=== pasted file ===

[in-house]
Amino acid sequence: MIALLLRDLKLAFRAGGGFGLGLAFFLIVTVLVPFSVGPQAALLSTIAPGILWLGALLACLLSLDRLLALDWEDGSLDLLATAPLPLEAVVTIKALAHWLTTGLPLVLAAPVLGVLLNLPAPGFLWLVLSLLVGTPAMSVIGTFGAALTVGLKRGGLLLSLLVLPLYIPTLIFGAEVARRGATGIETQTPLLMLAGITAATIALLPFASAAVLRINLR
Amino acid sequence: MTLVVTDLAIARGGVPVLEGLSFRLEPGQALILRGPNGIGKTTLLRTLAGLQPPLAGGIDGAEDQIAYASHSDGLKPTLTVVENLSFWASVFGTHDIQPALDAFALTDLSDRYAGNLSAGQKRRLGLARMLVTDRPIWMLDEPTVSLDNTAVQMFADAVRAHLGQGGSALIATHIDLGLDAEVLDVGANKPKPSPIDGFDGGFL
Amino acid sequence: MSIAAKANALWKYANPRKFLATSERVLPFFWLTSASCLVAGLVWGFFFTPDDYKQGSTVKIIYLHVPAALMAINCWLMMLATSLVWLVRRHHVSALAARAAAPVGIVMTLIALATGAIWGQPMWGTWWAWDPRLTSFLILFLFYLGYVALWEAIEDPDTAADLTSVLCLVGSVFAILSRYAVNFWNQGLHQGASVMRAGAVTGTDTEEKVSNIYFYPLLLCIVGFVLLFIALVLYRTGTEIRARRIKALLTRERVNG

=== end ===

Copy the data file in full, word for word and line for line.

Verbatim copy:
[in-house]
Amino acid sequence: MIALLLRDLKLAFRAGGGFGLGLAFFLIVTVLVPFSVGPQAALLSTIAPGILWLGALLACLLSLDRLLALDWEDGSLDLLATAPLPLEAVVTIKALAHWLTTGLPLVLAAPVLGVLLNLPAPGFLWLVLSLLVGTPAMSVIGTFGAALTVGLKRGGLLLSLLVLPLYIPTLIFGAEVARRGATGIETQTPLLMLAGITAATIALLPFASAAVLRINLR
Amino acid sequence: MTLVVTDLAIARGGVPVLEGLSFRLEPGQALILRGPNGIGKTTLLRTLAGLQPPLAGGIDGAEDQIAYASHSDGLKPTLTVVENLSFWASVFGTHDIQPALDAFALTDLSDRYAGNLSAGQKRRLGLARMLVTDRPIWMLDEPTVSLDNTAVQMFADAVRAHLGQGGSALIATHIDLGLDAEVLDVGANKPKPSPIDGFDGGFL
Amino acid sequence: MSIAAKANALWKYANPRKFLATSERVLPFFWLTSASCLVAGLVWGFFFTPDDYKQGSTVKIIYLHVPAALMAINCWLMMLATSLVWLVRRHHVSALAARAAAPVGIVMTLIALATGAIWGQPMWGTWWAWDPRLTSFLILFLFYLGYVALWEAIEDPDTAADLTSVLCLVGSVFAILSRYAVNFWNQGLHQGASVMRAGAVTGTDTEEKVSNIYFYPLLLCIVGFVLLFIALVLYRTGTEIRARRIKALLTRERVNG